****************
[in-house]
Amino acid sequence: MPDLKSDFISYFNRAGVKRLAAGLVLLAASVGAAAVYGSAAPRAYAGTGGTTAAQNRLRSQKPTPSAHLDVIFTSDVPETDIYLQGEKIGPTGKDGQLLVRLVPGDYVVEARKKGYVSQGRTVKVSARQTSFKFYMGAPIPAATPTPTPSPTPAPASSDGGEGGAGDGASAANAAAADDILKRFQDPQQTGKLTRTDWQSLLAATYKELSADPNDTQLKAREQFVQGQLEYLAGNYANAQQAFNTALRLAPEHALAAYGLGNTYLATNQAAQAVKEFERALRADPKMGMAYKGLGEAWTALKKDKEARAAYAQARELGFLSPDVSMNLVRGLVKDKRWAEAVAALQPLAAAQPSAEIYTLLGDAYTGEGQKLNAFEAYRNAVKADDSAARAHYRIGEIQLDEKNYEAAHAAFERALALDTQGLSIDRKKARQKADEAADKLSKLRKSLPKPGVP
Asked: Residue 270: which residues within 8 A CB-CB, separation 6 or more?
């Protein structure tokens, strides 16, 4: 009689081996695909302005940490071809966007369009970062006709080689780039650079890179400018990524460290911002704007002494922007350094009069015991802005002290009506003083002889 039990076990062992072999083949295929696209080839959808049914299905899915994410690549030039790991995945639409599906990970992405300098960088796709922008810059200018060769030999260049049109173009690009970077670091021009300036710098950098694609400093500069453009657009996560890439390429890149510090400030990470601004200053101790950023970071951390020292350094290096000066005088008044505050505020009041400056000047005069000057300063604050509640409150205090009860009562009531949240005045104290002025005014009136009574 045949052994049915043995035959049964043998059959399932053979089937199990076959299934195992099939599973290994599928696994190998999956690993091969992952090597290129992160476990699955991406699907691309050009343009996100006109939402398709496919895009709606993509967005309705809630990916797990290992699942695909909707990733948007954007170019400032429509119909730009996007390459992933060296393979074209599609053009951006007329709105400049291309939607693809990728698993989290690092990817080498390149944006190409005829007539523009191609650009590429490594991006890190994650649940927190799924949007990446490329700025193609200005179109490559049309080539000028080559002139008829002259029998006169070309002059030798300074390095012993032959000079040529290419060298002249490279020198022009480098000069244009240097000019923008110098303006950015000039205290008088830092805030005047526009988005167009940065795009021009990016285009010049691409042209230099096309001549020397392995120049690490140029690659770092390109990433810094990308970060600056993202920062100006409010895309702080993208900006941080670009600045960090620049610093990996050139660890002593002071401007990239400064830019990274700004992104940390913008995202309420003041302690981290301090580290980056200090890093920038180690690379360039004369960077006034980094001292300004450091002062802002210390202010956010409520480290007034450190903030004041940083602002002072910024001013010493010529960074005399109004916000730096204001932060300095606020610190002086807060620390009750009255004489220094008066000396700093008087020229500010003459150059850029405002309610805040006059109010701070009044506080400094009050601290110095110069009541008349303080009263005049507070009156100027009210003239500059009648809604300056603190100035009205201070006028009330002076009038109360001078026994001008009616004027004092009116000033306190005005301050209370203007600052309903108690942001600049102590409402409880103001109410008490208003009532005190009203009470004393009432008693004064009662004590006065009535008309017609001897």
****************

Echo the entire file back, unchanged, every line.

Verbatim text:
[in-house]
Amino acid sequence: MPDLKSDFISYFNRAGVKRLAAGLVLLAASVGAAAVYGSAAPRAYAGTGGTTAAQNRLRSQKPTPSAHLDVIFTSDVPETDIYLQGEKIGPTGKDGQLLVRLVPGDYVVEARKKGYVSQGRTVKVSARQTSFKFYMGAPIPAATPTPTPSPTPAPASSDGGEGGAGDGASAANAAAADDILKRFQDPQQTGKLTRTDWQSLLAATYKELSADPNDTQLKAREQFVQGQLEYLAGNYANAQQAFNTALRLAPEHALAAYGLGNTYLATNQAAQAVKEFERALRADPKMGMAYKGLGEAWTALKKDKEARAAYAQARELGFLSPDVSMNLVRGLVKDKRWAEAVAALQPLAAAQPSAEIYTLLGDAYTGEGQKLNAFEAYRNAVKADDSAARAHYRIGEIQLDEKNYEAAHAAFERALALDTQGLSIDRKKARQKADEAADKLSKLRKSLPKPGVP
Asked: Residue 270: which residues within 8 A CB-CB, separation 6 or more?
């Protein structure tokens, strides 16, 4: 009689081996695909302005940490071809966007369009970062006709080689780039650079890179400018990524460290911002704007002494922007350094009069015991802005002290009506003083002889 039990076990062992072999083949295929696209080839959808049914299905899915994410690549030039790991995945639409599906990970992405300098960088796709922008810059200018060769030999260049049109173009690009970077670091021009300036710098950098694609400093500069453009657009996560890439390429890149510090400030990470601004200053101790950023970071951390020292350094290096000066005088008044505050505020009041400056000047005069000057300063604050509640409150205090009860009562009531949240005045104290002025005014009136009574 045949052994049915043995035959049964043998059959399932053979089937199990076959299934195992099939599973290994599928696994190998999956690993091969992952090597290129992160476990699955991406699907691309050009343009996100006109939402398709496919895009709606993509967005309705809630990916797990290992699942695909909707990733948007954007170019400032429509119909730009996007390459992933060296393979074209599609053009951006007329709105400049291309939607693809990728698993989290690092990817080498390149944006190409005829007539523009191609650009590429490594991006890190994650649940927190799924949007990446490329700025193609200005179109490559049309080539000028080559002139008829002259029998006169070309002059030798300074390095012993032959000079040529290419060298002249490279020198022009480098000069244009240097000019923008110098303006950015000039205290008088830092805030005047526009988005167009940065795009021009990016285009010049691409042209230099096309001549020397392995120049690490140029690659770092390109990433810094990308970060600056993202920062100006409010895309702080993208900006941080670009600045960090620049610093990996050139660890002593002071401007990239400064830019990274700004992104940390913008995202309420003041302690981290301090580290980056200090890093920038180690690379360039004369960077006034980094001292300004450091002062802002210390202010956010409520480290007034450190903030004041940083602002002072910024001013010493010529960074005399109004916000730096204001932060300095606020610190002086807060620390009750009255004489220094008066000396700093008087020229500010003459150059850029405002309610805040006059109010701070009044506080400094009050601290110095110069009541008349303080009263005049507070009156100027009210003239500059009648809604300056603190100035009205201070006028009330002076009038109360001078026994001008009616004027004092009116000033306190005005301050209370203007600052309903108690942001600049102590409402409880103001109410008490208003009532005190009203009470004393009432008693004064009662004590006065009535008309017609001897």